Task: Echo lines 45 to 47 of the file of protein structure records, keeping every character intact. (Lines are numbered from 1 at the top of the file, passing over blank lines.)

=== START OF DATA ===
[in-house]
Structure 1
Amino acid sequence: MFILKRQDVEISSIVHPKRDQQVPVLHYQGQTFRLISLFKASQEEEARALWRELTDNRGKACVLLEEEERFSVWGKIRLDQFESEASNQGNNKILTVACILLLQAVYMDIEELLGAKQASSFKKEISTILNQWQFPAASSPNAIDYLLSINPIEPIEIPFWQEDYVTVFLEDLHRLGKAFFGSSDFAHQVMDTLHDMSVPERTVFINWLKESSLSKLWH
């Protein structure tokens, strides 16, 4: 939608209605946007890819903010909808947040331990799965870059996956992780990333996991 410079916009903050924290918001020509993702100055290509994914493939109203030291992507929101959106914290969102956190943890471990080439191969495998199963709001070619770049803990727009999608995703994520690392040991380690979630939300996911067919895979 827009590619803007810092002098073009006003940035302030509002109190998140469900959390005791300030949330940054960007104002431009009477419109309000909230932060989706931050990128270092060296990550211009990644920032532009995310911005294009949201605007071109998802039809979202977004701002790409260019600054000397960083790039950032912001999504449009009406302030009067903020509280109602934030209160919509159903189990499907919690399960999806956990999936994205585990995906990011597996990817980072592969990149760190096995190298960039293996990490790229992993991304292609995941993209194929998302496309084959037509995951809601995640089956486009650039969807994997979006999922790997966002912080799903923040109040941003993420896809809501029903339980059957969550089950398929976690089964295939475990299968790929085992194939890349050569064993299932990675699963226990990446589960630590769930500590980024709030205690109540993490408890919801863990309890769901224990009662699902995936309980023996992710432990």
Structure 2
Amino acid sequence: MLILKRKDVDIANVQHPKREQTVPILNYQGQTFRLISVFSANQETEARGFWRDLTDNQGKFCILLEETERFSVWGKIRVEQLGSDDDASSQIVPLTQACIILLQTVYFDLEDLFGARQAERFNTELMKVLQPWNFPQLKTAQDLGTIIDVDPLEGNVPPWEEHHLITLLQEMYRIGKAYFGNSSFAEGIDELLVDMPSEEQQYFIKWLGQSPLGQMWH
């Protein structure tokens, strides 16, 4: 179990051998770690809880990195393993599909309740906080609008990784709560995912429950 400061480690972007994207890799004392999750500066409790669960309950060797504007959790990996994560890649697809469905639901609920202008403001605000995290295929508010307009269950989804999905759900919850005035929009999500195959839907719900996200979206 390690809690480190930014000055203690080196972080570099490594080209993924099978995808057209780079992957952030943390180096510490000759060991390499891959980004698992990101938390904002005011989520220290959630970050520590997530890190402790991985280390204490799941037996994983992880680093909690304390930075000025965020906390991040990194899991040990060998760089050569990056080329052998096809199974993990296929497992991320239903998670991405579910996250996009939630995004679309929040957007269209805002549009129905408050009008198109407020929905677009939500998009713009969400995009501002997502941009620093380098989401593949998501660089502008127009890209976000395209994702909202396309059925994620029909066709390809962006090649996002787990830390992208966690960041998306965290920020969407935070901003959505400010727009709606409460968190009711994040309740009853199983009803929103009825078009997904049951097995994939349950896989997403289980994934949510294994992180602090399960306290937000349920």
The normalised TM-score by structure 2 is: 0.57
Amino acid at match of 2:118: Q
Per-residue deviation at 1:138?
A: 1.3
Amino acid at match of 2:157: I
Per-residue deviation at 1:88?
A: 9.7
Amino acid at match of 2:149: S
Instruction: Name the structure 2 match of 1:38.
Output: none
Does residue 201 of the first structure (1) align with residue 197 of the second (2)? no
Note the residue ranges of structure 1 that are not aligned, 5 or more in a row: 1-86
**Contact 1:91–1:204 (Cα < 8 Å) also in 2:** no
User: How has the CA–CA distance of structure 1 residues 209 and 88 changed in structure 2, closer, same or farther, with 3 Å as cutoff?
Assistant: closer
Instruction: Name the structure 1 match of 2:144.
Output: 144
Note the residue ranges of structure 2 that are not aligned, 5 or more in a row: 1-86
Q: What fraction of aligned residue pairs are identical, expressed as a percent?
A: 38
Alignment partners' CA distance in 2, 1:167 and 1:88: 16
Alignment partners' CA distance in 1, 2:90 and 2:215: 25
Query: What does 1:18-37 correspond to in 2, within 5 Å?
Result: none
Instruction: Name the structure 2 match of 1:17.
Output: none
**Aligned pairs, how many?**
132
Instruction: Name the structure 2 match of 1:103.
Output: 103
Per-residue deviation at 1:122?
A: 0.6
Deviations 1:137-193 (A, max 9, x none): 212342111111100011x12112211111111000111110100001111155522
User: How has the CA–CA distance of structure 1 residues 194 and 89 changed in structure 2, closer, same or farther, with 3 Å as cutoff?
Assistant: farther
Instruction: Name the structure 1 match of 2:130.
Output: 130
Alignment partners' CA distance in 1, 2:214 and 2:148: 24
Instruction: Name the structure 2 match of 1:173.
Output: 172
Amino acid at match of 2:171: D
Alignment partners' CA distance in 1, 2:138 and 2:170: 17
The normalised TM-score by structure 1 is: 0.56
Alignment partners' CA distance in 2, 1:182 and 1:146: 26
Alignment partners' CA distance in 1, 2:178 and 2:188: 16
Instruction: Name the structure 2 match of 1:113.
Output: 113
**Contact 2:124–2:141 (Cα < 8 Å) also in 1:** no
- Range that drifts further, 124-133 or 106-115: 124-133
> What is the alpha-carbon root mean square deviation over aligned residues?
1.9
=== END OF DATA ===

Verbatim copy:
Alignment partners' CA distance in 1, 2:214 and 2:148: 24
Instruction: Name the structure 2 match of 1:173.
Output: 172